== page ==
Also noteworthy in the table above is the income on the bond portfolio - about $3.5 million after tax. The company has earned far less than this in recent years. As an insurance company, it takes risk and uses leverage (from policyholder float), only to deliver income and rate of return that is less than the unleveraged income and return on the bond portfolio.

Hence the need for shareholder activism... 

As the minority shareholders (who sued the company in the US District Court for the Northern District of Alabama in 2019) state in their complaint,

The economic purpose of an insurance company, from a shareholder perspective, is to raise funds from policyholders and invest them at a profitable spread. Using borrowed money (“Float”) from the insurance customers as leverage and investing it in a bond portfolio ought to offer shareholders a higher return on their capital. But because the controlling shareholders of LICOA overpay themselves and otherwise waste money, the return on equity that minority shareholders receive is lower than the underlying yield on the bond portfolio. The minority shareholders bear all the risk of an insurance company's financial leverage (where the total assets are approximately three times the shareholder capital) but without the benefit of any increased return.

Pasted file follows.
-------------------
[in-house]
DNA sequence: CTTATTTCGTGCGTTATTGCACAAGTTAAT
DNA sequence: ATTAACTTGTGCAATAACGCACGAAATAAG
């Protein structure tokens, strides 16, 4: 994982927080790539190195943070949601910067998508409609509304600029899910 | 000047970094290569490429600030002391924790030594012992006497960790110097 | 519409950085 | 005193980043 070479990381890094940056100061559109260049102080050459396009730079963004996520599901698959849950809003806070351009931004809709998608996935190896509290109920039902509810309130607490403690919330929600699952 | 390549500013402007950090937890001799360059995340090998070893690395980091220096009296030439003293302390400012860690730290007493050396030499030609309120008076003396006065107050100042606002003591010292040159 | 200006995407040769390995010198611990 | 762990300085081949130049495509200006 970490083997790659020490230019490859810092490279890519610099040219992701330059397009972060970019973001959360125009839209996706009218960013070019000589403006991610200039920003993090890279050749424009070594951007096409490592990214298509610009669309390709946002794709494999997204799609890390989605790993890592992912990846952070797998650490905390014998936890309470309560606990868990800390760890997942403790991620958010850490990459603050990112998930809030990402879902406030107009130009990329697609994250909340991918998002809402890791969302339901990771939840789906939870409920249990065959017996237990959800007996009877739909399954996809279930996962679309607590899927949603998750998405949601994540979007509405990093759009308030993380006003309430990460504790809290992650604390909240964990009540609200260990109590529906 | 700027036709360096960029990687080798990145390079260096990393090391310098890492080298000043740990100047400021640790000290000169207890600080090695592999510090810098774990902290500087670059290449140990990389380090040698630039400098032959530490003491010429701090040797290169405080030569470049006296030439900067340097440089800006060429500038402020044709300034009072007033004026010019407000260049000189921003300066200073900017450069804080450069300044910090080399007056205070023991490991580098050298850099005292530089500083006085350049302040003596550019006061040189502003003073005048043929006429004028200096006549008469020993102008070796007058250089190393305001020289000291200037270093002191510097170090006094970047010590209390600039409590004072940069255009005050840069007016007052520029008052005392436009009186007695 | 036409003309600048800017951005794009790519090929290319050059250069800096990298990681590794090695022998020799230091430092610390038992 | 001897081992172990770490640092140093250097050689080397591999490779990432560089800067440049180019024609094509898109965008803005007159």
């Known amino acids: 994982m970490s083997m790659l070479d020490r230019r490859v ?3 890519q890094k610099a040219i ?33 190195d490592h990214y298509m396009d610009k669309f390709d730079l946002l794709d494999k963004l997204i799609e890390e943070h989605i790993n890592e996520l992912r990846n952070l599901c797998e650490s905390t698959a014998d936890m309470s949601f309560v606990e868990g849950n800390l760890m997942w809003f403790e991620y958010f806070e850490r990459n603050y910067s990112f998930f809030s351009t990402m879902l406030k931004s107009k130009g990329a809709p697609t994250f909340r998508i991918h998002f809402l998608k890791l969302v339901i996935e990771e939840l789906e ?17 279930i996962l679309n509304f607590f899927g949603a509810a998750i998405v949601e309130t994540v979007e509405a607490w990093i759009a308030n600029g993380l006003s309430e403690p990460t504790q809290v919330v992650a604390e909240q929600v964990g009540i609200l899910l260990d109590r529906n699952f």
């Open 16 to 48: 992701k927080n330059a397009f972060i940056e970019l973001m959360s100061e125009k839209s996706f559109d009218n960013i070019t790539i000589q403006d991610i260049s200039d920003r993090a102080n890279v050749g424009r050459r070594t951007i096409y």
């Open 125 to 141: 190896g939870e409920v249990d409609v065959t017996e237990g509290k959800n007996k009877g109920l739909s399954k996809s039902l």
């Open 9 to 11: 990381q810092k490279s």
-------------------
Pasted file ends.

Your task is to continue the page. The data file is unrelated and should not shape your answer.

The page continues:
Those shareholders are currently awaiting a ruling from the Court on the company's motion to dismiss the suit.

Previously, regarding Life Insurance Company of Alabama:

Be sure to check out the Concerned Shareholders of Life Insurance Company of Alabama website as well.

Paradise, Inc. Announces "Final and Liquidating Distribution," Falling Short of 2019 Estimate

Paradise, Inc. was a net-net idea that Nate posted way back in July 2012 - so seven years ago. At that point, shares were trading at about $18. We posted an update in June 2019 when the company announced plans to liquidate. 

At that time, the company's estimate was that the "aggregate amount of distributions to shareholders as a result of the Asset Sale and Liquidation Plan will be between approximately $18.0 million and $25.0 million, or approximately $35 to $48 per share based on 519,600 shares outstanding".